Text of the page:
Supplemental Nutrition Assistance Program:

Policy Changes and Calculation Methods Likely Affect Improper Payment Rates, and USDA Is Taking Steps to Help Address Recipient Fraud [Reissued on July 8, 2016]

GAO-16-708T: Published: Jul 6, 2016. Publicly Released: Jul 6, 2016.

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Contact:

Kay E. Brown
(202) 512-7215
brownke@gao.gov

 

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What GAO Found

Over the last 10 years, the U.S. Department of Agriculture (USDA) has reported that improper payment rates for the Supplemental Nutrition Assistance Program (SNAP) have ranged from an estimated 5.8 percent to 3.2 percent of all payments, likely reflecting, in part, certain policy changes and calculation methods. Many factors affect low-income households' eligibility for SNAP and the amount of benefits they receive, creating multiple opportunities for errors in the eligibility determination process conducted by states. However, GAO found that certain state or federal program changes can affect the likelihood of these errors. For example, when states adopted available policy flexibilities that simplified or lessened participant reporting requirements, these changes reduced the opportunity for error and led to a decline in the improper payment rate, according to a USDA study. Conversely, other changes may have led to an increase in the improper payment rate. USDA cited the change from only counting errors over $50 in the rate to counting all errors over $37 as a key factor in an increase in the rate in fiscal year 2014.

SNAP's improper payment rate calculation methodology is generally similar to that used by other large federal programs for low-income individuals, including Medicaid, the Earned Income Tax Credit, and Supplemental Security Income (SSI), though some differences may affect the resulting program improper payment rates. To generate improper payment rates, all four programs draw representative samples of their recipients and report their improper payment rates at high levels of precision. Yet, some methodological differences among the programs likely affect the resulting rates. For example, when there is insufficient information to review eligibility and benefit determination for a selected case under review, Medicaid counts the full benefit amount as an error, SNAP makes an adjustment in the improper payment rate calculation but does not include the full benefit amount as an error, and SSI removes such cases entirely from the sample.

Fraud is also a key indicator of program integrity, and in 2014, GAO found that selected states employed a range of tools to detect potential SNAP recipient fraud, though they faced some challenges. Recipient fraud can occur when applicants make false or misleading statements to obtain benefits or when recipients misuse benefits by exchanging them for cash or non-food goods or services. All 11 selected states that GAO reviewed matched information provided by SNAP applicants and recipients against various data sources to check for accuracy, but efforts varied widely among these states. Some states suggested changing the financial incentive structure to promote fraud investigations. Some states also reported limitations of USDA's required approach to monitoring benefit card replacements, and GAO developed a more targeted approach by combining data sources to identify households potentially engaged in trafficking. In addition, although USDA had increased its oversight of state anti-fraud activities since fiscal year 2011, GAO found that USDA did not have consistent and reliable data on states' activities because its reporting guidance lacked specificity. This limited USDA's ability to monitor states and find more effective ways to combat recipient fraud.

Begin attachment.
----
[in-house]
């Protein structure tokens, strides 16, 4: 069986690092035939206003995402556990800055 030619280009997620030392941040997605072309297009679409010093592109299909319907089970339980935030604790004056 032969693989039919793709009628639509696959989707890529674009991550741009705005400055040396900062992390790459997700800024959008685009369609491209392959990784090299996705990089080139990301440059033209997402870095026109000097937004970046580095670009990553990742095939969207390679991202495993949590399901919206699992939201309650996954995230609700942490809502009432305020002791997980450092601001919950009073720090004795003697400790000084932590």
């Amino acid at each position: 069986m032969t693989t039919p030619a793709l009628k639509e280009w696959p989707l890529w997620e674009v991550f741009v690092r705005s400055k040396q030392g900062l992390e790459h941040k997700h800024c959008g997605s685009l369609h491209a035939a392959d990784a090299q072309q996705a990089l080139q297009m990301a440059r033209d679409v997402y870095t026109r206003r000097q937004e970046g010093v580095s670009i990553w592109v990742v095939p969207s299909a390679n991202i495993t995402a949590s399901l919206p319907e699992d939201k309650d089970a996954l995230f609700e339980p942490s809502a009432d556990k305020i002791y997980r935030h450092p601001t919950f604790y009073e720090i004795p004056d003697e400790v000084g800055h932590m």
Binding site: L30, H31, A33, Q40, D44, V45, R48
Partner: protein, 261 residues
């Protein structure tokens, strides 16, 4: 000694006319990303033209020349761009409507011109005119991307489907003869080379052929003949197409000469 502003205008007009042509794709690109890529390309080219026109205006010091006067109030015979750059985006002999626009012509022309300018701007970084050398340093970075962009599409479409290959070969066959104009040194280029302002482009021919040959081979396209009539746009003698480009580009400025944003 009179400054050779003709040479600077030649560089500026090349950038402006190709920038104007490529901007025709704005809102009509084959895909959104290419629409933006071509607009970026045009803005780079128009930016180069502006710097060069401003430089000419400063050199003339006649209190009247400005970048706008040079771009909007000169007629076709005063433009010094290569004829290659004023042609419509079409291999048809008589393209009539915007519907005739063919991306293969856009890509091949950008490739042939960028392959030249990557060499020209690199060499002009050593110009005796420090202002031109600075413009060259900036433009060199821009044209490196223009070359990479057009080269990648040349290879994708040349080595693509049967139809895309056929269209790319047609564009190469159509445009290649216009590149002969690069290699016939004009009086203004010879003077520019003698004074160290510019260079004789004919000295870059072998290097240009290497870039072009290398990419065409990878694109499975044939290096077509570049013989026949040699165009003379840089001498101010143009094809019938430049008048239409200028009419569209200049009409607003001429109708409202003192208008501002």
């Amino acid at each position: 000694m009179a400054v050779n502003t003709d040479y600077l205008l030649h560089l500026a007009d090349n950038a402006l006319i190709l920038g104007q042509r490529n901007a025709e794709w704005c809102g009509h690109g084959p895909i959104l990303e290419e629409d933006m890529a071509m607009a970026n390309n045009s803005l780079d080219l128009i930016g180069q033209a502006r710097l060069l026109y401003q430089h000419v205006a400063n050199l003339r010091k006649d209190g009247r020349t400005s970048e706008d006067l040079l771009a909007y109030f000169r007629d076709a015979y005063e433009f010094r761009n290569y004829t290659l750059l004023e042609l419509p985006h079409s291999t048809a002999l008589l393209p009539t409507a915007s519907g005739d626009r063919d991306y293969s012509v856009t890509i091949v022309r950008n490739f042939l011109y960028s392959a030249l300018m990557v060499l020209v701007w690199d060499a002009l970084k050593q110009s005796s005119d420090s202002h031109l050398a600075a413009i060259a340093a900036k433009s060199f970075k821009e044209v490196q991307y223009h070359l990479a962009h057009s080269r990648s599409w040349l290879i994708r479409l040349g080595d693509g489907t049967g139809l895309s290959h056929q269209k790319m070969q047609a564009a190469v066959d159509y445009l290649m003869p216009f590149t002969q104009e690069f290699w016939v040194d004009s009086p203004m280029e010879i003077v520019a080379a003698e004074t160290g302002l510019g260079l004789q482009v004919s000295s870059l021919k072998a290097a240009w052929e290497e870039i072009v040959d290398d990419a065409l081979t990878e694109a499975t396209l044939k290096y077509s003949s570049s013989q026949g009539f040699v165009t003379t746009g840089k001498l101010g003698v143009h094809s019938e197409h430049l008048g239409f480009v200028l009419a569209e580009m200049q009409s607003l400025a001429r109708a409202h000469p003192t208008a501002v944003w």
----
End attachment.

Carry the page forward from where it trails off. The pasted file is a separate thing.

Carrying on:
Why GAO Did This Study

In fiscal year 2015, SNAP, the nation's largest nutrition assistance program, provided about 46 million low-income people with $70 billion in benefits. USDA and the states partner to operate the program and address issues that affect program integrity, including improper payments and fraud.

This testimony summarizes GAO's recently completed work on SNAP improper payment rates and GAO's 2014 report on recipient fraud. It addresses: (1) the effects of SNAP policies on the rates; (2) how the SNAP improper payment rate calculation methodology compares to those of other federal programs for low-income individuals; and (3) GAO's 2014 findings on efforts to combat SNAP recipient fraud. GAO reviewed relevant federal laws, regulations, guidance, documents, and program data; interviewed relevant federal officials; and gathered information from states. For the 2014 report, GAO also interviewed officials from 11 states that served about a third of all SNAP recipient households, though GAO's results are not generalizable to all states. This testimony also includes USDA's actions to date on GAO's 2014 recommendations.

What GAO Recommends

In 2014, GAO recommended that USDA take several steps to improve state financial incentives, fraud detection tools, and reporting methods. USDA agreed with these recommendations and has taken some steps to address them. GAO is not making new recommendations at this time.

For more information, contact Kay E. Brown at (202) 512-7215 or brownke@gao.gov.

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